Processes and Outcomes Associated with the Uptake of Organic Agriculture in th Global South

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Burch, David
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Lyons, Kristen
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2011
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Abstract

This thesis examines the processes and outcomes associated with the uptake of organic agriculture in the Global South. The thesis draws on insights and concepts from three distinct theoretical approaches – Actor-Network Theory (ANT), Resource mobilisation Theory (RMT) and framing analysis – to examine why organic agriculture has come to be taken up within the Global South, how organic agriculture has become taken up within the Global South and what implications are associated with the uptake in the Global South in terms of the future development of the organic agriculture phenomenon. The thesis argues that there is an array of interests and values held by adherents within the organic movement and that attempts to promote the uptake of organic agriculture in the Global South have served only to increase this diversity. The thesis argues firstly that the movement mobilisation has been grounded in market exchange relations, which has formed the basis for the uptake of organic agriculture in the Global South. Because they are mediated by non-human actors, market exchange relations provide a means to deliver incentives, which resonate with an array of interests and values held by a larger number of potential adherents. The thesis argues secondly that the uptake of organic agriculture in the Global South has been facilitated by the actions taken by Social Movement Organizations (SMOs) to frame organic agriculture in ways that resonate with the interests and values of new adherents, who believe in the goals and objectives of the movement, and constituents, who can provide financial resources to fund activities to promote the uptake of organic agriculture in the Global South. By framing organic agriculture as providing social and economic benefits to farmers in the Global South, SMOs have mobilised support from the international development cooperation sector.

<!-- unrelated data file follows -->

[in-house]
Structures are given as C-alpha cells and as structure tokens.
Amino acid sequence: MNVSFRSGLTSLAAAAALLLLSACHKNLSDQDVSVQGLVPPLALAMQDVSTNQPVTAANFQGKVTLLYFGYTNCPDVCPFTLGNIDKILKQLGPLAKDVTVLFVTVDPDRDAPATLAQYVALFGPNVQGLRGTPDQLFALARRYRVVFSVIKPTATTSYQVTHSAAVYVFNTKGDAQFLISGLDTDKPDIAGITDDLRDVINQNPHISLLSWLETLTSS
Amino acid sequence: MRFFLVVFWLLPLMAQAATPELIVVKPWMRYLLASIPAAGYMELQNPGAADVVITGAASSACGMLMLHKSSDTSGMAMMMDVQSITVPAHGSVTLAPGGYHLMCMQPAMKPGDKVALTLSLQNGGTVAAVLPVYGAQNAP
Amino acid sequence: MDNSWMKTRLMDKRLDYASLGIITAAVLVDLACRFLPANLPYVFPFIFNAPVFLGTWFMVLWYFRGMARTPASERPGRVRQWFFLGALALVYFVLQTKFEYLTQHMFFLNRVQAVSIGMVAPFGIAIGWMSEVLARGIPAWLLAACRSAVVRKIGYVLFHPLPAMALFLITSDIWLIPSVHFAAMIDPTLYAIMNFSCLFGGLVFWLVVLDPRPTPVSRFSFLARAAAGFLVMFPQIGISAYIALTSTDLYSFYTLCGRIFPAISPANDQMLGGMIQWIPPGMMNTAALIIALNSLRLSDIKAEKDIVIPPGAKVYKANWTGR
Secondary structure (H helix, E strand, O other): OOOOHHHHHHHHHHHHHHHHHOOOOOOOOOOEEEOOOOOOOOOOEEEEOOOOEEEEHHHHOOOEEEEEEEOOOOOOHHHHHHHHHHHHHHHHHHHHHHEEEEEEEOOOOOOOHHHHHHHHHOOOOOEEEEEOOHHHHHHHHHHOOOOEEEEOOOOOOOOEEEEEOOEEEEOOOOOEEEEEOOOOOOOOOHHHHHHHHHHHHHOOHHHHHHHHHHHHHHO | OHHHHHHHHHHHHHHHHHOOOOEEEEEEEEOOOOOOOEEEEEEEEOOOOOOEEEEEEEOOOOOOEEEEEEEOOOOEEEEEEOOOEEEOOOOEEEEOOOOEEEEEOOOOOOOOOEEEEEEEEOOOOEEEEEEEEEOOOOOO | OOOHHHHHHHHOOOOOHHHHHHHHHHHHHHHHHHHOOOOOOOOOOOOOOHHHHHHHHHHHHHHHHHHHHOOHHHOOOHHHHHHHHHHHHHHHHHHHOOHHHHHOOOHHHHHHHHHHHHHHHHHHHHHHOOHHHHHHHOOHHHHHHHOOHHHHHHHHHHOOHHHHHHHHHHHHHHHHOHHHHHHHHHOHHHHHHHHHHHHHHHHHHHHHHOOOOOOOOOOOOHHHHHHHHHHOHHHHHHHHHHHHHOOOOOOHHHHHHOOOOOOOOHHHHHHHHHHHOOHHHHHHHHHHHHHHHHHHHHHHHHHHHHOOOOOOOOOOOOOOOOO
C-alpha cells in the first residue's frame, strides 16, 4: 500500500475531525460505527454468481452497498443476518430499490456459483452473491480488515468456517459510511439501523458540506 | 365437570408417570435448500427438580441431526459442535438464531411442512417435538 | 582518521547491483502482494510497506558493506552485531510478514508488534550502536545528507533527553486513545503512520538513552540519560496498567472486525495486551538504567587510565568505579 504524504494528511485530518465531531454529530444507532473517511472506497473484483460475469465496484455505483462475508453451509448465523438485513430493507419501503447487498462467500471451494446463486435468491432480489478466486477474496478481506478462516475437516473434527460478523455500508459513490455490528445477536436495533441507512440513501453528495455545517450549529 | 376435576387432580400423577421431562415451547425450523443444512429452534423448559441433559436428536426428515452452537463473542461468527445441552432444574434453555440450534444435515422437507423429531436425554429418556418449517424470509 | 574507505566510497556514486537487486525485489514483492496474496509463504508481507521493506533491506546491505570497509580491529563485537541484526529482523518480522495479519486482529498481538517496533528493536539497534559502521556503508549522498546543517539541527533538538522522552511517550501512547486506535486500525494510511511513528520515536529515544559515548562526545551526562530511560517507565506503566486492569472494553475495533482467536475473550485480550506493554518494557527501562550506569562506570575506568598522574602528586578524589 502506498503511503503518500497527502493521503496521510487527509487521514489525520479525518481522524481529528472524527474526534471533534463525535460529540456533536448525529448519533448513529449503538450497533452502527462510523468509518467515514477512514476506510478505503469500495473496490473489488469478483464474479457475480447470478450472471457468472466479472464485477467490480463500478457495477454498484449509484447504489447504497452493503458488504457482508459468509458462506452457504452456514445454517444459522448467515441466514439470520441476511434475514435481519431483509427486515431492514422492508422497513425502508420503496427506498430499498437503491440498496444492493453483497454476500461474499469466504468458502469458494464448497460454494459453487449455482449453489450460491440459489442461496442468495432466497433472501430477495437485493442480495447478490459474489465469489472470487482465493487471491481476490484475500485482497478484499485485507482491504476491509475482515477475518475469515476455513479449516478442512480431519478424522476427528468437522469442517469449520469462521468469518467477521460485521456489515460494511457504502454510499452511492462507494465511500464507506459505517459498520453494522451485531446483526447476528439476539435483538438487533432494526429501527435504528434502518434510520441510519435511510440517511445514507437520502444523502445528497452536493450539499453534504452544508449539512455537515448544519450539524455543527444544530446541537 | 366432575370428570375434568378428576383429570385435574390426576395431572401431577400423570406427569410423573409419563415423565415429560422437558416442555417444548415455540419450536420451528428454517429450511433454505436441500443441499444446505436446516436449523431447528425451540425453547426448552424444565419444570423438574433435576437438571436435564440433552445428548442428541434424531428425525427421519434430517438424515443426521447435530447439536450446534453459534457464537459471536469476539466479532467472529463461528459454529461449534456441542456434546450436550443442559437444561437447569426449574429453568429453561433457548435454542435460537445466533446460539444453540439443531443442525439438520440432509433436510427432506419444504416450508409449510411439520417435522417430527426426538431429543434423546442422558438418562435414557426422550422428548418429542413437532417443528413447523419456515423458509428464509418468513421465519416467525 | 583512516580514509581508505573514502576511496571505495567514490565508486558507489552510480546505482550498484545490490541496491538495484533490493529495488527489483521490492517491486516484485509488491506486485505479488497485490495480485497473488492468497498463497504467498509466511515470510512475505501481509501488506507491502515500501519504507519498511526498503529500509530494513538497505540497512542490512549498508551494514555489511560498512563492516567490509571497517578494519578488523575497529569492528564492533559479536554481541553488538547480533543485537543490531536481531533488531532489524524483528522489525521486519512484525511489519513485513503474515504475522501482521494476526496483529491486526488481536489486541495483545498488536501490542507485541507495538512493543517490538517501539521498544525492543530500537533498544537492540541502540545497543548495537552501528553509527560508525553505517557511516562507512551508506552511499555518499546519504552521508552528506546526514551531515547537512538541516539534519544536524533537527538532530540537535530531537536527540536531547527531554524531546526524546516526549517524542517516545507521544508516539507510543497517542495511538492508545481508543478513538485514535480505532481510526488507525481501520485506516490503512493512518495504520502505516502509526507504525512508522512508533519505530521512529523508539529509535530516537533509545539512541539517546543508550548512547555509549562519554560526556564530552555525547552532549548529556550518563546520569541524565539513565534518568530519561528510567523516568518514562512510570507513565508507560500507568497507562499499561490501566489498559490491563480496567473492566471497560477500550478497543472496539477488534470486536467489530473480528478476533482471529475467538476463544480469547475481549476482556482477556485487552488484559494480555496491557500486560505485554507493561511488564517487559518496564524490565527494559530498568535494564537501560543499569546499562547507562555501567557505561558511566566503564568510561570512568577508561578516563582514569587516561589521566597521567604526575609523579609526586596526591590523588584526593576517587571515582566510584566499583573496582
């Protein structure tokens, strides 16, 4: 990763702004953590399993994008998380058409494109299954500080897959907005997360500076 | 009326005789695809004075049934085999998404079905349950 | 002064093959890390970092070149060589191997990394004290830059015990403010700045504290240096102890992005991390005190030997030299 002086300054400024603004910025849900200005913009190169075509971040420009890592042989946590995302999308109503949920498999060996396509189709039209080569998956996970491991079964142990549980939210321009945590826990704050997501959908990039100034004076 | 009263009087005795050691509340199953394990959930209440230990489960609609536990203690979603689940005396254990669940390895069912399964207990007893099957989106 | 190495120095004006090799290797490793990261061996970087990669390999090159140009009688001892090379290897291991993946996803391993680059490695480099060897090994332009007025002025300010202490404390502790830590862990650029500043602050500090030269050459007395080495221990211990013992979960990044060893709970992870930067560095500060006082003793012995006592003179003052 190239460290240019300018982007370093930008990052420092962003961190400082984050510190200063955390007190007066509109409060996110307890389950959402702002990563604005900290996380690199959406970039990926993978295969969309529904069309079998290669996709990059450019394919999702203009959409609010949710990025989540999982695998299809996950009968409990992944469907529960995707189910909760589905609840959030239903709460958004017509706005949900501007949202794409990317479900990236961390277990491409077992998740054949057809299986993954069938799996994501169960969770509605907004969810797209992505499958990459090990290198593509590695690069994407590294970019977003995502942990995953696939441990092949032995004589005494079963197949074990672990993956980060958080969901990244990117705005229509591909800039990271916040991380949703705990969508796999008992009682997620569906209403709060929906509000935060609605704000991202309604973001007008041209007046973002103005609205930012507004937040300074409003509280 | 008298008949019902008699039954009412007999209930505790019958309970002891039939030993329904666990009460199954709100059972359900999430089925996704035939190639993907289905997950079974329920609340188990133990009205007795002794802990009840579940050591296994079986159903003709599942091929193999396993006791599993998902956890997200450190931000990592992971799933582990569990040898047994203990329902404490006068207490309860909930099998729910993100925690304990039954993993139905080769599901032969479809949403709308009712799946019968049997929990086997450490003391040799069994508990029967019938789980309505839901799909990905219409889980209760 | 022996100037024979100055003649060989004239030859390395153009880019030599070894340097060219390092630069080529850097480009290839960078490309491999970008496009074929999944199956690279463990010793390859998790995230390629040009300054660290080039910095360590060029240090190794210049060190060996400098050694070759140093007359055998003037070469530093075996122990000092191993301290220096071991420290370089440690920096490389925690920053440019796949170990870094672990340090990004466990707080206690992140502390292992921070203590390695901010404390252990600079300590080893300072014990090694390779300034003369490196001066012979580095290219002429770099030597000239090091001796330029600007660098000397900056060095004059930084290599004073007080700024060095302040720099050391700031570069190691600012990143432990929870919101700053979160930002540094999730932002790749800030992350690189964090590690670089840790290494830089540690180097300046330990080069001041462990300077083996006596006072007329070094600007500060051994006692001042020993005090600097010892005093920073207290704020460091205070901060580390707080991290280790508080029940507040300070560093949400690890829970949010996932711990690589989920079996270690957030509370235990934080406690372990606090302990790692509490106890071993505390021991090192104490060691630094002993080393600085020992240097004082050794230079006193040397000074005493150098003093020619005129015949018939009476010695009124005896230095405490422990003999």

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Thesis (PhD Doctorate)
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Doctor of Philosophy (PhD)
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School of Biomedical and Physical Sciences
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The author owns the copyright in this thesis, unless stated otherwise.
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Subject
Organic agriculture
Actor-Network Theory
Resource Mobilisation Theory
Social Movement Organizations
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